GREEN BAY – Darnell Savage couldn’t say for certain whether the Packers would call during the first round of NFL Draft.
But it didn’t come as a surprise when the “920” area code popped up on his phone on Thursday evening, either.
The Maryland senior safety didn’t have a lot of contact with Green Bay during the pre-draft process, but took notice of the Packers scouts who regularly attended practices in College Park throughout the season.
Months of concealed interest jumped to the forefront Thursday when Packers General Manager Brian Gutekunst traded up to take the 5-foot-11, 198-pound safety with the 21st overall pick in the first round.
Green Bay dealt the 30th pick it acquired last year in a trade with New Orleans and two fourth-rounders (No. 114 and 118) to Seattle to move up nine spots.
Savage not only was the first safety to be selected in this year’s NFL Draft, but he also was the first defensive back to come off the board.
His calling card? Versatility and a knack for taking the ball away, having recorded seven of his eight collegiate interceptions over the past two seasons.
“I feel like I’m extremely versatile. I really bring that physical presence to the field and to the game,” Savage said. “I’m fast, I like to hit. I like to be around the ball. I like to make plays. I just love to play the game of football. The game of football is fun to me. Any time I’m out there playing, I’m going to give it my all and just enjoy it.”
After taking Michigan pass rusher Rashan Gary at 12th overall, Green Bay felt Savage’s combination of a 4.36-second time in the 40-yard dash at the NFL Scouting Combine and play-making ability was too good to pass up.
Take a look at Packers S during his college career.
Savage started at Maryland as a cornerback before the coaches approached him about the prospects of playing safety, feeling he had the smarts and physicality to excel at the position.
Savage wasn’t restricted to one spot, though. The Terrapins rotated him around the secondary, playing cover linebacker and nickel cornerback in some third-down defensive packages.
Despite the takeaways and a second-team All-Big Ten selection this past year, Savage was still considered an under-the-radar prospect in this year’s draft. He didn’t mind.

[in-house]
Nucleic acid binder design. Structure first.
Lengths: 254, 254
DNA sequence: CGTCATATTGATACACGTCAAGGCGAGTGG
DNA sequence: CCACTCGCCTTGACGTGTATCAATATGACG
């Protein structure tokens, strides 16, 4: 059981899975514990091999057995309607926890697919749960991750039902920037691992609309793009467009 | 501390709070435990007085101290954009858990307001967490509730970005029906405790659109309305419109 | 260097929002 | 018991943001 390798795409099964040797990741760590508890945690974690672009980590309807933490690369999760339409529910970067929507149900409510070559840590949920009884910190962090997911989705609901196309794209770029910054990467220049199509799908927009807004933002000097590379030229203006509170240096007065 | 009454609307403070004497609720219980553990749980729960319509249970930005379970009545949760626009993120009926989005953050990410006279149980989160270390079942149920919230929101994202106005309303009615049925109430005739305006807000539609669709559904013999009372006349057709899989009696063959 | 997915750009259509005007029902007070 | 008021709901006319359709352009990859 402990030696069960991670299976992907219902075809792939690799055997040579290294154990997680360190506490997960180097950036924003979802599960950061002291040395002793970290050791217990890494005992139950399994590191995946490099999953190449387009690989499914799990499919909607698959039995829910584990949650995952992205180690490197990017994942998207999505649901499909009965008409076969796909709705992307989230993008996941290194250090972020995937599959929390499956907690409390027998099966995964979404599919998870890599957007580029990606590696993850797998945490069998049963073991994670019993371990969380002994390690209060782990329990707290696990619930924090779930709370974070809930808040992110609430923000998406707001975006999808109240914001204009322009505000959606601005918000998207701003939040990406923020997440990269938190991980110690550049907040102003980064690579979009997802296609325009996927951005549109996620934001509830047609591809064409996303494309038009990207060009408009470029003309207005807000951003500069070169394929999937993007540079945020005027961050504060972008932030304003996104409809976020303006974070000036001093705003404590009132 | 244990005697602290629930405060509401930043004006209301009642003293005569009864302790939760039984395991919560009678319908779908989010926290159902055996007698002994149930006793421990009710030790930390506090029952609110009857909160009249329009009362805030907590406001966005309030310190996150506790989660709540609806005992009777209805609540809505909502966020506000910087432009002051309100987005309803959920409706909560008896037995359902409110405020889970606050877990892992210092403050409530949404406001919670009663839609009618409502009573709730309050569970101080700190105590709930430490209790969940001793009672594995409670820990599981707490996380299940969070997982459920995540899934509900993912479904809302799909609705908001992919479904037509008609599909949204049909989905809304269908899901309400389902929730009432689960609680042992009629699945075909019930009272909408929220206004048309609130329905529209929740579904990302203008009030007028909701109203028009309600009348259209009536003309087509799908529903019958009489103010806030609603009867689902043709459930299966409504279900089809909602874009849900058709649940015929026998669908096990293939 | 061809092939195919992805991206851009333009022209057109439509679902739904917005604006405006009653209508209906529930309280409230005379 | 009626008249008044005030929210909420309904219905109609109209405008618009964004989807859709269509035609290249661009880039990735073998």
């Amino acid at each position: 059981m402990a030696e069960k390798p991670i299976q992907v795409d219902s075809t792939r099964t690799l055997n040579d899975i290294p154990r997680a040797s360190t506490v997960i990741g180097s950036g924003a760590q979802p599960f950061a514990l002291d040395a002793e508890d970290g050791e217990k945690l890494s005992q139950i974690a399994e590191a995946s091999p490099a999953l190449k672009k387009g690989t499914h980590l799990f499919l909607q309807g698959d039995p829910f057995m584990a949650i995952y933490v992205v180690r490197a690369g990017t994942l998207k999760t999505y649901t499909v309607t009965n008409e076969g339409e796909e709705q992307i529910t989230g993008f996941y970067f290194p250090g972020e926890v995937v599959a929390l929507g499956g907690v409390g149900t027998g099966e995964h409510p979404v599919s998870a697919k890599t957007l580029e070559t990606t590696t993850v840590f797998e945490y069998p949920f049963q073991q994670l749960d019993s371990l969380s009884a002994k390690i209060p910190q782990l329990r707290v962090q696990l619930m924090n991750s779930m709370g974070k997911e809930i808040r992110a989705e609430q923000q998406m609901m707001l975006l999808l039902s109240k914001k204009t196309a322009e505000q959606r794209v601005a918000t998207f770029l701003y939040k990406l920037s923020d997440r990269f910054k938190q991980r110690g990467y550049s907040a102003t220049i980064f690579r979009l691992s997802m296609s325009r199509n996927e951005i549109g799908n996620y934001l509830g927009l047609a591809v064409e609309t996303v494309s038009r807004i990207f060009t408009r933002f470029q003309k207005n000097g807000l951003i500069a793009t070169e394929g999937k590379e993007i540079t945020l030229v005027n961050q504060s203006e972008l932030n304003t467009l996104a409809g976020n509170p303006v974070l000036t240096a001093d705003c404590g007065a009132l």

“I’ve always been an extremely confident person. I’ve always had that chip on my shoulder,” said Savage, a three-year starter who had 181 tackles and eight interceptions (two returned for a touchdown) in 45 career games.
“I heard I wasn’t big enough, can’t do this, can’t do that. And I just used it as motivation, I just let it fuel me. I always kept that in the back of my head, and I kind of had that chip on my shoulder when I played and it helped.”
The Packers began overhauling the safety position in October when they traded Ha Ha Clinton-Dix to Washington for the fourth-rounder they then sent to the Seahawks Thursday night.
With Tramon Williams pegged to move back to cornerback after finishing last season at safety, Green Bay addressed the position on the first day of free agency with the acquisition of former Chicago safety Adrian Amos.
Savage became familiar with Amos’ game after watching film of him and Eddie Jackson playing on the Bears’ back end.
“He’s extremely smart, always in the right place at the right time,” Savage said. “You can tell he takes it extremely serious and you can learn a lot from a guy like that, just being around him every day, not even just football but being around a guy that’s serious about what he does. It can teach you a lot.”
Gutekunst viewed Savage as “an absolute difference-maker” in a safety class that wasn’t as deep as other positions. Fearful Savage wouldn’t be there at 30, Gutekunst started working the phones immediately after drafting Gary and found a trade partner in Seattle.
He believes the versatility of both Amos and Savage should bring the best out of the Packers’ back end.
“He’s obviously a premiere athlete,” said Gutekunst of Savage. “He’s been an impact player for Maryland for a number of years. He’s able to close the gap, from centerfield and the hash. He’s aggressive, physical player who can take the ball away. He fits what we’re trying to do on the back end.”
Savage has overcome a lot of setbacks to get to this point. He broke his right leg as a high school junior and then overcame the death of Terrapins offensive lineman Jordan McNair this past year.
Savage has maintained a positive outlook throughout. Now, it's propelled him to becoming Maryland’s first defensive player to be selected in the first round since Shawn Merriman in 2005.
“It’s just so much adversity that I’ve just been through in my life,” Savage said. “Every single moment that I have to go through, I think it just makes me stronger. I really do think there are all positives that can be taken out of things that happen.
“I’m an extremely positive person, an extremely upbeat person. I never hang my head or dwell on the bad. It’s always great things that can come out of it.”